Microbial Metabolites enhance efficacies of chemotherapy and immunotherapy: Numerous studies focused on establishing the differential microbiota populations and their associations with cancer using high throughput sequencing methods. However, there is significant knowledge gap in determining cause and consequence relationships especially identifying the diet associated microbial metabolites and their effects on cancer development and therapies. In this regard, our laboratory tested the hypothesis that UroA and UAS03 act as chemosensitizing adjuvants in 5-FU therapies through regulation of drug transporters and cancer stemness. The focus of this study is to identify molecular target of these compounds, determining the mechanisms and therapeutic effects of UroA and its potent analogue, UAS03 on 5FU therapies utilizing pre-clinical colon cancer mouse models and establishing UroA and UAS03 as therapeutic chemosensitizing adjuvants in 5FU therapies. Immunotherapy: The remarkable success of immune checkpoints blockade therapies suggest that cancer immunotherapeutic approaches will likely become standard of care for many cancers. Two immune checkpoint targets [anti-cytotoxic T-lymphocyte-associated protein 4 (anti-CTLA-4 or ipilimumab) and anti-programmed cell-death (anti-PD1 or pembrolizumab/nivolumab)] are approved by the FDA. Despite impressive success of immunotherapy, a large cohort of patients do not respond to these therapies and responsive population develop whole spectrum of severe immune-related adverse events (irAE) such as diarrhea and colitis. Since, UroA and UAS03 mitigated colitis by enhancing gut barrier function, as a future goal, we are planning to develop these immunotherapy models to test whether treatment with UroA/UAS03 protects from irAEs as well as enhance efficacy of immunotherapy by activating immune system.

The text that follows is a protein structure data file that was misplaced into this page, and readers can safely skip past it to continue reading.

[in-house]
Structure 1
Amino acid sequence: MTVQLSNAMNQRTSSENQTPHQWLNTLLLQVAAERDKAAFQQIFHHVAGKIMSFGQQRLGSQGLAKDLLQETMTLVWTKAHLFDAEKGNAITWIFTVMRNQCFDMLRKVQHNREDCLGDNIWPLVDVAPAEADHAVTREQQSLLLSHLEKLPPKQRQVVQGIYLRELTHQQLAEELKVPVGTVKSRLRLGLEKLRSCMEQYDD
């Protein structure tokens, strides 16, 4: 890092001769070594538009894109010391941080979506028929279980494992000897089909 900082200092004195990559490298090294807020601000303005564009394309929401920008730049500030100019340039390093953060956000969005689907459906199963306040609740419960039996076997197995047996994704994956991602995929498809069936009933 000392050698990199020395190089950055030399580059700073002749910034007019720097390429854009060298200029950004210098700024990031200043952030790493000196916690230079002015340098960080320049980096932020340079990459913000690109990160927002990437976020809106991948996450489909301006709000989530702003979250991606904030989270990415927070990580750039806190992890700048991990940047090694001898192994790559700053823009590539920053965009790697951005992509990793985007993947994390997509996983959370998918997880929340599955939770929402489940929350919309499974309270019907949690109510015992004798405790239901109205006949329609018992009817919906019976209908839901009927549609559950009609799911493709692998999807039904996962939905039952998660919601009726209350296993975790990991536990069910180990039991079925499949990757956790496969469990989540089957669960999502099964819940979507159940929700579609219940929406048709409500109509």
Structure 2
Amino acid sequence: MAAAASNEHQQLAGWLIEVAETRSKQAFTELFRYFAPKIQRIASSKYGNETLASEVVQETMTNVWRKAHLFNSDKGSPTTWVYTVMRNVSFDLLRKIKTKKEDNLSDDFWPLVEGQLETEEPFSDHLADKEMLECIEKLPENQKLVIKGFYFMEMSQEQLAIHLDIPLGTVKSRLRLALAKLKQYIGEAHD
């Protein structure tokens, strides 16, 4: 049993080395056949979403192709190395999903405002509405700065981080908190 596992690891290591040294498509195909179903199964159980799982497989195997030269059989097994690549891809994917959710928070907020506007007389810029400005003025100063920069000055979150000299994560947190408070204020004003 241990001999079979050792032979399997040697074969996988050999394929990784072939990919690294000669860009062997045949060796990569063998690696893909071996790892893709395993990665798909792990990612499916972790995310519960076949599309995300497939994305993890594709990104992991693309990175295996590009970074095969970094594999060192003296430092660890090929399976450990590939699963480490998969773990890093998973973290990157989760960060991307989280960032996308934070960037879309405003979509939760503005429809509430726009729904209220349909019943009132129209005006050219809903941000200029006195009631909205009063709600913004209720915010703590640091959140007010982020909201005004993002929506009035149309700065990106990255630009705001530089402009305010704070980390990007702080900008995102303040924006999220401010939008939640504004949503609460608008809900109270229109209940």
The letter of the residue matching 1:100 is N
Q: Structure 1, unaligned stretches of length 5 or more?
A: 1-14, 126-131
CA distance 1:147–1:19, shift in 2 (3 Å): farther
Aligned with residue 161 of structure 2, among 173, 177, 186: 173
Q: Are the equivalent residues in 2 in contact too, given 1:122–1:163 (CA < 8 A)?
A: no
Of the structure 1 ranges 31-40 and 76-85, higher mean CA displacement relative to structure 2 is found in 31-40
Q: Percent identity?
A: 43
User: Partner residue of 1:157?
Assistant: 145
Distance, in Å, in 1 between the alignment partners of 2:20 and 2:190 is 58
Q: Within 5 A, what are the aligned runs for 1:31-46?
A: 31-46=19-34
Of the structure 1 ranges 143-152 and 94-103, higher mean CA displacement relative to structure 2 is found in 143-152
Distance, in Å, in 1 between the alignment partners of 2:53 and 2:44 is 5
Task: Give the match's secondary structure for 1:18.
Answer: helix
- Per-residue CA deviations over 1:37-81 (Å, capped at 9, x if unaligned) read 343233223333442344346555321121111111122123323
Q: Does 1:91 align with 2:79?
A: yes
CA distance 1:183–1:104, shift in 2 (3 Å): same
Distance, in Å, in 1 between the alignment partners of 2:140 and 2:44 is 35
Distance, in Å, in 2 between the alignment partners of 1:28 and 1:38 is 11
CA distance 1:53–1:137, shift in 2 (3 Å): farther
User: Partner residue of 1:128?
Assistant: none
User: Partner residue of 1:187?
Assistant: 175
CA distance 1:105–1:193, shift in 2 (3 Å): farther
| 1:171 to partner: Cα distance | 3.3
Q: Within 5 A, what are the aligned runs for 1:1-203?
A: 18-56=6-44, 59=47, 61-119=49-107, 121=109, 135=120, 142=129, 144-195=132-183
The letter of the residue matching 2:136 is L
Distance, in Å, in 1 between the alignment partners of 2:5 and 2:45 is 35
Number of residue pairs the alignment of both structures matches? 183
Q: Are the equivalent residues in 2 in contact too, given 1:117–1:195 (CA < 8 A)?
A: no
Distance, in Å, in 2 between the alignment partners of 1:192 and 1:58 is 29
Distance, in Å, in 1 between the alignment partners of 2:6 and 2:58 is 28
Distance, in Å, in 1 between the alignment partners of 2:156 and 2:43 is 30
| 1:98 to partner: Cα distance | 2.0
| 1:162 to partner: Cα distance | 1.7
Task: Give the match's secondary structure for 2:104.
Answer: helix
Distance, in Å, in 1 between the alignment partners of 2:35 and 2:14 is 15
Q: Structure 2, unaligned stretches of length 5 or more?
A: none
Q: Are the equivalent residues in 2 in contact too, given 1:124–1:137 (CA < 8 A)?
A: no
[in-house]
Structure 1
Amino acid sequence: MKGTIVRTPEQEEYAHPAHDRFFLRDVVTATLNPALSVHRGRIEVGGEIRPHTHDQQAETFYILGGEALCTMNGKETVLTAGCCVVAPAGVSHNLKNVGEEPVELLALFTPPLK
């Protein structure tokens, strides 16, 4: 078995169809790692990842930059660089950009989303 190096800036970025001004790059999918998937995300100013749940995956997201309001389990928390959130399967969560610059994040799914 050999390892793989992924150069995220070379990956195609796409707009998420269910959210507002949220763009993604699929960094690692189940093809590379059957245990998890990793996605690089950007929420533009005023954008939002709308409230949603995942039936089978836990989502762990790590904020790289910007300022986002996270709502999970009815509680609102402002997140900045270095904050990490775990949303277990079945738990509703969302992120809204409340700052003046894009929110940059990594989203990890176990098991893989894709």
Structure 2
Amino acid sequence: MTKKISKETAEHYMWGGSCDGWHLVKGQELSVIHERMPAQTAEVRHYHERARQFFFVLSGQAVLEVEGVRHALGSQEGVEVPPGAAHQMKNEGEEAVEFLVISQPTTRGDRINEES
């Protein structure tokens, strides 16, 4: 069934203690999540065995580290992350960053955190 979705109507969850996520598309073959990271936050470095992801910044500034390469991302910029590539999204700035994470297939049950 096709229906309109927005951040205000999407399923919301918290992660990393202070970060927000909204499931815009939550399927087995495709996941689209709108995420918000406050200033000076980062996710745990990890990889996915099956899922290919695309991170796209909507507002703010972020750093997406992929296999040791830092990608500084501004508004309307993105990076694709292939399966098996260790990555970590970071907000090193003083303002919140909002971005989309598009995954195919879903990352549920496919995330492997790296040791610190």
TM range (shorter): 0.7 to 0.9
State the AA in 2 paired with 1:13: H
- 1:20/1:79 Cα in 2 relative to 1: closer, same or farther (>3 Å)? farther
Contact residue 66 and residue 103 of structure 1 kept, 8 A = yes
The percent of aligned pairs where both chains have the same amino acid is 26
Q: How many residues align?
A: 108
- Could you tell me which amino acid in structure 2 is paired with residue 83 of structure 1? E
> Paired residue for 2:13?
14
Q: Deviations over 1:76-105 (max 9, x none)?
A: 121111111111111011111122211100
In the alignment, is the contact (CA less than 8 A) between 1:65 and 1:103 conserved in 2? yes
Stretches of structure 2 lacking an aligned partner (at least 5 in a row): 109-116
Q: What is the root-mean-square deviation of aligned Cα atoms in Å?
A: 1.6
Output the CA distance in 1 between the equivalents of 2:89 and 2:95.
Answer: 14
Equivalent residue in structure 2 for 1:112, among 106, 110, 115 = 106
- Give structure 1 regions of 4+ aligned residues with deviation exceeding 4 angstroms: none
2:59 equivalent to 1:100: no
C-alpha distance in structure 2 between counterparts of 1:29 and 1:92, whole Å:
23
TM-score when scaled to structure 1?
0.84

Chemokine receptors-Gut microbiota and Colon cancer: The chemokines (chemotactic chemokines) are a family of small proteins or lipids known for their ability to control cell migration in the body. Their receptors belong to the class A subfamily of G protein-coupled receptors (GPCRs). In recent years, chemokines and their receptors have grown their importance, because they are involved in inflammation and autoimmune diseases, includes AIDS, atherosclerosis, arthritis, cancer and asthma etc. Chemokine receptors are some of the most tractable drug targets in the huge battery of molecules that regulate inflammation and immunity. For example, CCR2, a seven transmembrane GPCR, mediates several biological functions including chemotaxis of leukocytes upon binding to its ligand, CCL2 (MCP1). Elevated expression of CCL2 in tumor cells is very well correlated with increased metastasis and poor prognosis in several types of human cancers. We also determined lack of CCR2-CCL2 axis significantly reduce the colon tumorigenesis in mouse models. Dr. Jala’s laboratory investigates the role of CCL2-CCR2 axis in balancing the inter-relationship between immune system and microbiota in colon tumorigenesis. Determining the molecular, cellular mechanisms and complex inter-relationship between immune system-microbiota in the context of cancer will have a strong impact on our basic understanding of intestinal carcinogenesis as well as potential for developing novel therapeutic strategies. In collaboration with Dr. Bodduluri, we also investigate the role of leukotrienes and their receptors (BLT1 and BLT1) and chemokine decoy receptor (ACKR2, also called as D6 or CCBP2 receptor) in colon cancer progression and influence on the microbiota and vice versa.